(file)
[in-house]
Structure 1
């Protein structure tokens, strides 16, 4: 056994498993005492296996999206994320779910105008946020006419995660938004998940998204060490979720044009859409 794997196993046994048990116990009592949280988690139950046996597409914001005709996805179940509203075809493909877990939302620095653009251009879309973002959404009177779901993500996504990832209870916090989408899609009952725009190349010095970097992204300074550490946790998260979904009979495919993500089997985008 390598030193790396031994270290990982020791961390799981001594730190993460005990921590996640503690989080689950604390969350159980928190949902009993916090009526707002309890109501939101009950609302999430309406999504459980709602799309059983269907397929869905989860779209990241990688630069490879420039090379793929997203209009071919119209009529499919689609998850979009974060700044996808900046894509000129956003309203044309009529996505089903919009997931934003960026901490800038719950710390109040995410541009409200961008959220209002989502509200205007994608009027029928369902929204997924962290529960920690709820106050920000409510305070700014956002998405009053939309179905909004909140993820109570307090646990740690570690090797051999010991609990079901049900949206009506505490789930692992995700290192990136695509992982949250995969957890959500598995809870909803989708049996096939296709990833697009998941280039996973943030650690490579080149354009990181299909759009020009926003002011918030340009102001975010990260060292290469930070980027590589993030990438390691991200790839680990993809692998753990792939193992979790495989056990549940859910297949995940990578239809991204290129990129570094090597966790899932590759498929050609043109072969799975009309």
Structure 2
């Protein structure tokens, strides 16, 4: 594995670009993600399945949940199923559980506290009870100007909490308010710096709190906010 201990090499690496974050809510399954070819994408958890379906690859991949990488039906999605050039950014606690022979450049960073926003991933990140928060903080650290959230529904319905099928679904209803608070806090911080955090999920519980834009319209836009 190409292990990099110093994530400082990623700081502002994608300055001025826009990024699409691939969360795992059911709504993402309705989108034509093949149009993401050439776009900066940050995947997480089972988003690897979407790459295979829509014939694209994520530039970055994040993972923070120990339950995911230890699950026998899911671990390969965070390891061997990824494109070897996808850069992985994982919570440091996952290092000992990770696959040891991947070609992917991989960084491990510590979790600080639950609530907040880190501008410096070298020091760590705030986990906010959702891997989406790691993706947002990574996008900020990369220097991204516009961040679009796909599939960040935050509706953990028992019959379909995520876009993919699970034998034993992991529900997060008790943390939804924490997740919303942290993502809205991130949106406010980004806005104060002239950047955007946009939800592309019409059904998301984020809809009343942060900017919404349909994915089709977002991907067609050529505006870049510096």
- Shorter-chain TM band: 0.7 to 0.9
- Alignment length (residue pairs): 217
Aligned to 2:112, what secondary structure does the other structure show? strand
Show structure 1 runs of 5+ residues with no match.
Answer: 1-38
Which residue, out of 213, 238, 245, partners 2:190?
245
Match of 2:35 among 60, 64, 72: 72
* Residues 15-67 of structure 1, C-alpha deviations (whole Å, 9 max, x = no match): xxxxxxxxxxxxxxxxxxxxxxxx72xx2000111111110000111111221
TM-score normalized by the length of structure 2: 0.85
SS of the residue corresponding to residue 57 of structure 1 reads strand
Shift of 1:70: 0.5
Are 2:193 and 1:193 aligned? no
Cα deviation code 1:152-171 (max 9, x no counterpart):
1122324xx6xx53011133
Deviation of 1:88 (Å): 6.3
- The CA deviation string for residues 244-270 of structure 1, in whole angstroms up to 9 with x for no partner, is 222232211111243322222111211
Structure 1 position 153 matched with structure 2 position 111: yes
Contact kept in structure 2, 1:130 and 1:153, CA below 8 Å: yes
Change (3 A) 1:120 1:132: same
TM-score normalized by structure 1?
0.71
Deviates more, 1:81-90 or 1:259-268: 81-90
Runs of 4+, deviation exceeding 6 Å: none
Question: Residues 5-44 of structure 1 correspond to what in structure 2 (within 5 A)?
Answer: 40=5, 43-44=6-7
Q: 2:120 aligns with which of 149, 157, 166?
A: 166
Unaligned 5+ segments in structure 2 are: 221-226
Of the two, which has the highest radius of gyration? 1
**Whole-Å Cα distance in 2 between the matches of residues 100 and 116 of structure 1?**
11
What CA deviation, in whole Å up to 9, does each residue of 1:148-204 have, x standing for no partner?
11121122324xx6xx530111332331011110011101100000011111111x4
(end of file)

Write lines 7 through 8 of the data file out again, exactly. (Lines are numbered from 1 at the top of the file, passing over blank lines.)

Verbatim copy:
- Alignment length (residue pairs): 217
Aligned to 2:112, what secondary structure does the other structure show? strand